Book Review: Great Expectations: The Lost Toronto Blue Jays Season, by Shi Davidi and John Lott


How do you make a dreadful season compelling enough to read about?

That’s the challenge that Toronto baseball writers Shi Davidi and John Lott faced with Great Expectations: The Lost Toronto Blue Jays Season, their 183-page book about the Blue Jays’ disappointing 2013 campaign.

Fortunately for readers, these authors are gifted storytellers and superb interviewers, skills that allowed them to dig deeper than the disillusionment and deliver a tight, insightful page-turner with plenty of revelations about the team’s players and executives.

The book begins in August 2012 with rumours circulating about Jays skipper John Farrell being the odds-on favourite for the Boston Red Sox impending managerial vacancy. The authors reveal that by this point the relationship between Farrell and Jays GM Alex Anthopoulos had become somewhat shaky. Some of the most interesting revelations in the book are of the conflicts between the two during the 2012 season. One example of them butting heads came at the July 31 trade deadline. With the Jays five games out of a wild-card spot, Farrell was eager for Anthopoulos to make a bold transaction to spark a late-season playoff push, but the Jays GM only swung minor deals. Farrell and some of the players were so annoyed at Anthopoulos’s relative inactivity that a clubhouse meeting was called to “diffuse the dissatisfaction.”

Another difference of opinion took place after Yunel Escobar was suspended for three games for writing a homophobic message in his eye-black in mid-September. With little left to play for, Farrell wanted to insert prospect Adeiny Hechavarria at shortstop for the rest of the season, but Anthopoulos balked at the idea, fearing that showcasing the raw youngster might diminish his trade value.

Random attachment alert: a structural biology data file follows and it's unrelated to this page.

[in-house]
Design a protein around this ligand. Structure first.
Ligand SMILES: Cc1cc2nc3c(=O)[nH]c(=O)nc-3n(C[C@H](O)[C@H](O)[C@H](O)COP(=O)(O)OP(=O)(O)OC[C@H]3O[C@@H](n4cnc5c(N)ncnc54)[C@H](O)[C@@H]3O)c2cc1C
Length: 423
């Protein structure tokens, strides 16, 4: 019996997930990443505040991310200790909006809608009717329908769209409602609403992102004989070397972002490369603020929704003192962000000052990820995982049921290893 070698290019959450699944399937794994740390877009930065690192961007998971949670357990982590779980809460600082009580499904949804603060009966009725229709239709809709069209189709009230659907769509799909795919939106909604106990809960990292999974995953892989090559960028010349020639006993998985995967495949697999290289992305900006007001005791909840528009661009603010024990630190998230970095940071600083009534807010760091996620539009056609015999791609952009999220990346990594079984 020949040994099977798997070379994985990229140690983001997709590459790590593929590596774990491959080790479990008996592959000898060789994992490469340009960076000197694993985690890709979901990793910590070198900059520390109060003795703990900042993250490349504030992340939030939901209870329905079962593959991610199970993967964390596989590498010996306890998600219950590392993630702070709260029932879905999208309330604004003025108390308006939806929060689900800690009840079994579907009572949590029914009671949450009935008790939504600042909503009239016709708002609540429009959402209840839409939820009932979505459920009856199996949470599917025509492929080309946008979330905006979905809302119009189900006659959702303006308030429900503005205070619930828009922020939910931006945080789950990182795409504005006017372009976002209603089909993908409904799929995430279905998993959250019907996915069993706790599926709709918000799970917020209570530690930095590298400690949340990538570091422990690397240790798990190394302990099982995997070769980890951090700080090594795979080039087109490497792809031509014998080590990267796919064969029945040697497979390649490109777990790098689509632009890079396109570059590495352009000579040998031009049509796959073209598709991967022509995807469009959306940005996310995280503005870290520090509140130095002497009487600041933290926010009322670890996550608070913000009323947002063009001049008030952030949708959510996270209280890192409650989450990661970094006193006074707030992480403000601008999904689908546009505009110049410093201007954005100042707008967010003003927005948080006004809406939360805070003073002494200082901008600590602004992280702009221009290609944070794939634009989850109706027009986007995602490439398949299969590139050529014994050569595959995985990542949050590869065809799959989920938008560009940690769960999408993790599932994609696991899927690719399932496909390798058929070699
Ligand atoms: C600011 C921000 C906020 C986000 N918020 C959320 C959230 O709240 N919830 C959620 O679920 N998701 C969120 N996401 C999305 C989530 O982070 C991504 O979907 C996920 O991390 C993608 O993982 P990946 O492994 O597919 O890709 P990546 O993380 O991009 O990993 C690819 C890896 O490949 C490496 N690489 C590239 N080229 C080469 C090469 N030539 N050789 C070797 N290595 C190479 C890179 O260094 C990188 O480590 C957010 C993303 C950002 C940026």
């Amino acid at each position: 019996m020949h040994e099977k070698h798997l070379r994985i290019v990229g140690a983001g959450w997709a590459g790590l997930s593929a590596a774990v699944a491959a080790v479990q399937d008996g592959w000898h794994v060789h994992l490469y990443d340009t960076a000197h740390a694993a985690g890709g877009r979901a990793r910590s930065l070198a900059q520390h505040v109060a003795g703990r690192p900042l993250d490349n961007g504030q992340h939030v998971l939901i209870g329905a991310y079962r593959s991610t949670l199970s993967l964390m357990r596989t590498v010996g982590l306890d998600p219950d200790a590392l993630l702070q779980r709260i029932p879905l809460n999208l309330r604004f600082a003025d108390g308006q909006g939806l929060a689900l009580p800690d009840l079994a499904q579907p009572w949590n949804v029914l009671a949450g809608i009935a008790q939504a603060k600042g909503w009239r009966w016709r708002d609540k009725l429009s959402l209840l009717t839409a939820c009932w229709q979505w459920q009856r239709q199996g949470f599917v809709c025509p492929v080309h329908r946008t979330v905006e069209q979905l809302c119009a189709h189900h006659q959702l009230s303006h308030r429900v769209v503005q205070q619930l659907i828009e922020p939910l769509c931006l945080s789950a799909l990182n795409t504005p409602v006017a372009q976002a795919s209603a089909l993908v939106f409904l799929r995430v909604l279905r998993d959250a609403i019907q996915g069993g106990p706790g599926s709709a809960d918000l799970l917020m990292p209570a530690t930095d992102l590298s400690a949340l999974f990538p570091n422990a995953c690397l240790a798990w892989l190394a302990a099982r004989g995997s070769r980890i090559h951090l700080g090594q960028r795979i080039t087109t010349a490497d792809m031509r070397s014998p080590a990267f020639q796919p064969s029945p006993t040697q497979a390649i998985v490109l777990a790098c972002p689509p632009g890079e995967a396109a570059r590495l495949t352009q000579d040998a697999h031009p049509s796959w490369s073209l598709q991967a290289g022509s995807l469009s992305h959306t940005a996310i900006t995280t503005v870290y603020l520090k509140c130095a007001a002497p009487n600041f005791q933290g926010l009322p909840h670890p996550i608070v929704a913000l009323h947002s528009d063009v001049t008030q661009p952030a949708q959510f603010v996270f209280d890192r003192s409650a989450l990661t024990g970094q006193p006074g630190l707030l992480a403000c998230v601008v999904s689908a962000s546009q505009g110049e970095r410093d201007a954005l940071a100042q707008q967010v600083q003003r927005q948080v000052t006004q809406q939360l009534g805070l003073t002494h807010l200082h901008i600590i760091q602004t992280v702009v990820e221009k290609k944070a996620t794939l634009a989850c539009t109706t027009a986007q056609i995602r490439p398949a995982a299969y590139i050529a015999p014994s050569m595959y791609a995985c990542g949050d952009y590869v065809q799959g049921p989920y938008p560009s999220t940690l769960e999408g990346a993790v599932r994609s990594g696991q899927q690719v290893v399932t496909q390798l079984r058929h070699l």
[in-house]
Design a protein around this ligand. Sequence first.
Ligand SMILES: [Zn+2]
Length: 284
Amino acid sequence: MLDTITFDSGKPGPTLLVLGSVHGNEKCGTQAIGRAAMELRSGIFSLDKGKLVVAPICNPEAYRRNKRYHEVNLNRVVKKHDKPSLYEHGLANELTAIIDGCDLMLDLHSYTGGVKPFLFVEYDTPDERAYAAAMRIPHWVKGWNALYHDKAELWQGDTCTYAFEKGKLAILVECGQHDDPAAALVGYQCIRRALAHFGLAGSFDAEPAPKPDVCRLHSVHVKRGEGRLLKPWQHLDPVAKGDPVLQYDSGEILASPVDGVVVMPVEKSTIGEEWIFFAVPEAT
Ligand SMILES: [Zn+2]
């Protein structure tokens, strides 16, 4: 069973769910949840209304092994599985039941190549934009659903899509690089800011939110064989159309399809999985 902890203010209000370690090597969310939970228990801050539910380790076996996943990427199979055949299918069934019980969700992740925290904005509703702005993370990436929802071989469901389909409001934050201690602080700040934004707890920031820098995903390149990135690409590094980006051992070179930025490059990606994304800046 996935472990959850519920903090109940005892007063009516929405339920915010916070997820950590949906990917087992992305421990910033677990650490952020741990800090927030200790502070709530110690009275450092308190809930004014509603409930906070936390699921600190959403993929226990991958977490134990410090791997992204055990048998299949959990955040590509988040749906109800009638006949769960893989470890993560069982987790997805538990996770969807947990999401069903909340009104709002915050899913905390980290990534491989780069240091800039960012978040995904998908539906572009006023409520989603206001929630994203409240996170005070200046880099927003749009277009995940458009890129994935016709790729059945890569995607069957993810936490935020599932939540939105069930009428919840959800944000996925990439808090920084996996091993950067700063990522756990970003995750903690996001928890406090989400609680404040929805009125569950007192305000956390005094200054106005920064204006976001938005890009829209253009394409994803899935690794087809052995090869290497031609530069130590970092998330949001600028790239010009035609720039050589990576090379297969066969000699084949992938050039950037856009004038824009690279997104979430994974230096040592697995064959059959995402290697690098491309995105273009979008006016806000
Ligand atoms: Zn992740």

The rumours about Farrell were, of course, not unfounded and he was eventually traded to the Red Sox on October 21 for journeyman infielder Mike Aviles. Shortly after Farrell’s departure, Anthopoulos began masterminding the most exciting off-season in Blue Jays history. The blockbuster he completed with the Florida Marlins on November 19 that saw the Jays acquire Josh Johnson, Mark Buehrle, Jose Reyes, Emilio Bonifacio and John Buck for Escobar, Jeff Mathis, Henderson Alvarez and a package of prospects was hailed as a triumph and it generated a buzz around the club that it hadn’t enjoyed for 20 years.

The authors reveal, however, that this transaction almost fell apart when Anthopoulos was asked to include Mathis, whom he had recently inked to a two-year contract extension. Anthopoulos’s colleagues, however, convinced him – and deep down, he knew it himself – that Paul Beeston would be livid if the deal unravelled because of his allegiance to a back-up catcher.

“To this day it still bothers me that I did it,” Anthopoulos tells the authors of trading Mathis. “Because it was so fresh it felt like a betrayal.”

On top of providing insights on transactions – including the R.A. Dickey deal – that Anthopoulos was able to consummate last off-season, Davidi and Lott also shed light on some of the other players that the Blue Jays pursued. For example, the team made a hefty, five-year offer to right-hander Anibal Sanchez and they dangled uber catching prospect Travis d’Arnaud to the Tampa Bay Rays in an effort to land right-hander James Shields. The Jays also came close to acquiring Jake Peavy and they coveted starters Jason Samardzija, Brett Anderson and Hisashi Iwakuma.